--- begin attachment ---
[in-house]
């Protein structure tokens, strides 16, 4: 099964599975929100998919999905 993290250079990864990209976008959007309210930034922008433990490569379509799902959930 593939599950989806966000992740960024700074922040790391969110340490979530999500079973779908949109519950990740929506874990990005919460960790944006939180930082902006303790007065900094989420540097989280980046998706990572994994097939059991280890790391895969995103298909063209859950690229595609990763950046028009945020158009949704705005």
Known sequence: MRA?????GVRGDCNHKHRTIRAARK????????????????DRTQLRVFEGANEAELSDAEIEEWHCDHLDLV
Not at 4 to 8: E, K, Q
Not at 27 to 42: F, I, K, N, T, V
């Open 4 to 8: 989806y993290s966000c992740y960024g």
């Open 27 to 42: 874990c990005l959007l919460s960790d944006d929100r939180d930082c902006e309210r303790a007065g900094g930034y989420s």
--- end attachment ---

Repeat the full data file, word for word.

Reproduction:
[in-house]
């Protein structure tokens, strides 16, 4: 099964599975929100998919999905 993290250079990864990209976008959007309210930034922008433990490569379509799902959930 593939599950989806966000992740960024700074922040790391969110340490979530999500079973779908949109519950990740929506874990990005919460960790944006939180930082902006303790007065900094989420540097989280980046998706990572994994097939059991280890790391895969995103298909063209859950690229595609990763950046028009945020158009949704705005």
Known sequence: MRA?????GVRGDCNHKHRTIRAARK????????????????DRTQLRVFEGANEAELSDAEIEEWHCDHLDLV
Not at 4 to 8: E, K, Q
Not at 27 to 42: F, I, K, N, T, V
């Open 4 to 8: 989806y993290s966000c992740y960024g």
């Open 27 to 42: 874990c990005l959007l919460s960790d944006d929100r939180d930082c902006e309210r303790a007065g900094g930034y989420s």